Header graphic for print
HL Chronicle of Data Protection Privacy & Information Security News & Trends

Tag Archives: implied consent

Posted in International/EU Privacy

China’s Revised Draft Data Localisation Measures

On 19 May 2017, the Cyberspace Administration of China released a revised draft of its Security Assessment for Personal Information and Important Data Transmitted Outside of the People’s Republic of China Measures. The draft emerged just over a week after public comments closed on the first draft of the measures. the Second Draft Export Review Measures do, to an extent, relax some of the more stringent requirements stated in the First Draft Export Review Measures and originally due to become law on 1 June, 2017 when China’s Cyber Security Law takes effect. However, the revised draft measures as set out in the Second Draft Export Review Measures still leave a significant compliance challenge for multi-national businesses operating in China . We explore the Second Draft Export Review Measures below.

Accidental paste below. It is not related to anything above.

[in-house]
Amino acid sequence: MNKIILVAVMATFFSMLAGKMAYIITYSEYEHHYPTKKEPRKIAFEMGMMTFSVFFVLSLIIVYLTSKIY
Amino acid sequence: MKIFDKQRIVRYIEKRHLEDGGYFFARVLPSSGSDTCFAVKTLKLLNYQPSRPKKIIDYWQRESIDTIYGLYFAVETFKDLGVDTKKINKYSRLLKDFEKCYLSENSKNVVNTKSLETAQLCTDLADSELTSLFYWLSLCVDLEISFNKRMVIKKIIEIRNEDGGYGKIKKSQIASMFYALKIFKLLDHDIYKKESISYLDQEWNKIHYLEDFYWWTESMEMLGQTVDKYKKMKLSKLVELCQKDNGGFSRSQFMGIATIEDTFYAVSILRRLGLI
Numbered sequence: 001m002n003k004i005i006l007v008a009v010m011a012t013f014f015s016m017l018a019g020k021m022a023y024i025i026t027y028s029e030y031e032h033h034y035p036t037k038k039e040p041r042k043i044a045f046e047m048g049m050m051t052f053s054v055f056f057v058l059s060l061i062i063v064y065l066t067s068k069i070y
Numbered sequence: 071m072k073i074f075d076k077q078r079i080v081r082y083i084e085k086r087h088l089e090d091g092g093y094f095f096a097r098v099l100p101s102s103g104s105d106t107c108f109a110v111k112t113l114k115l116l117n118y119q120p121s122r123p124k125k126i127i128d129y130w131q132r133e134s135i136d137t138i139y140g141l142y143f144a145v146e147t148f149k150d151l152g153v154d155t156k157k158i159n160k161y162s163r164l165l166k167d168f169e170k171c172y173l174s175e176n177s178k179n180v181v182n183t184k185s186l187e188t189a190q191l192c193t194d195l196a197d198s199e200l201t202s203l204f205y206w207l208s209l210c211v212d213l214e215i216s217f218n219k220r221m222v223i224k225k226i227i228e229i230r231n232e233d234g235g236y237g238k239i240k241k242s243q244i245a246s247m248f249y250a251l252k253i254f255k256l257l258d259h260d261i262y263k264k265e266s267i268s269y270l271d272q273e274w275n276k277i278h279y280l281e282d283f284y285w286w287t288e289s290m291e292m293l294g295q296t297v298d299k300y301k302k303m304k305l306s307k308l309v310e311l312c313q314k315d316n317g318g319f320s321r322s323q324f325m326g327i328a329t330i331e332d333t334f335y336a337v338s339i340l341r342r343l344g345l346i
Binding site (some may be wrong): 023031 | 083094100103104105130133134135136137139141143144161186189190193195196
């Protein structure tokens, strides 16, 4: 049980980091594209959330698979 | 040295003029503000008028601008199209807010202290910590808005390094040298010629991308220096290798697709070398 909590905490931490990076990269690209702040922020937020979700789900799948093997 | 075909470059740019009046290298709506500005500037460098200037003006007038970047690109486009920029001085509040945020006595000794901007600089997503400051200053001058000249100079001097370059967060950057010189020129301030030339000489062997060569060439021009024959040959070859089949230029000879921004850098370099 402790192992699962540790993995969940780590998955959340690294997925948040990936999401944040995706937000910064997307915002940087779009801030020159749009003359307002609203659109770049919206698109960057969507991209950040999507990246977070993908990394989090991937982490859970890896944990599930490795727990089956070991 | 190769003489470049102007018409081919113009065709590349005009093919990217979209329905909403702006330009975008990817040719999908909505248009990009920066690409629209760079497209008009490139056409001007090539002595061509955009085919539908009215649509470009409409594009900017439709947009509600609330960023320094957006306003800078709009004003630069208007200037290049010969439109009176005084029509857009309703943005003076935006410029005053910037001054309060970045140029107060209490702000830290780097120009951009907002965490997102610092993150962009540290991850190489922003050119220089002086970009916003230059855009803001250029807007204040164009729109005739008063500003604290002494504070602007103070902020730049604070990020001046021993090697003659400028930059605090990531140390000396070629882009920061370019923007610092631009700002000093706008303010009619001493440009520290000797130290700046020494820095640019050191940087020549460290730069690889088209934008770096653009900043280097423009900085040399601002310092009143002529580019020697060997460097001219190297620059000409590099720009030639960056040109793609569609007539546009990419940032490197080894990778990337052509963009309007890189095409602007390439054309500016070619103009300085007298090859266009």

Posted in International/EU Privacy

Future-Proofing Privacy: Justifying Data Uses

Part 4 of Future-Proofing Privacy: Justifying Data Uses – From Consent to Legitimate Interests. Currently, under the Data Protection Directive, each instance of data processing requires a legal justification – a “ground for processing”. This fundamental feature of EU data protection law will remain unchanged under the Regulation. However, the bar for showing the existence of certain grounds for processing will be set higher. This is especially true with regards to consent.

Posted in International/EU Privacy

Cookie Consent—What’s Changed?

Almost five years ago, EU legislators shocked the Internet world by changing the legal requirement for the use of cookies and similar device identification techniques from “notice and opt-out” to “notice and consent.” At first, there was a sense of disbelief about whether this sudden legal twist was for real. As the dust settled, it became clear that what had been common practice until then—sticking a generic paragraph about the use of cookies in the privacy policy and referring users to the browser’s menu for further control—was no longer enough to comply with the new requirement.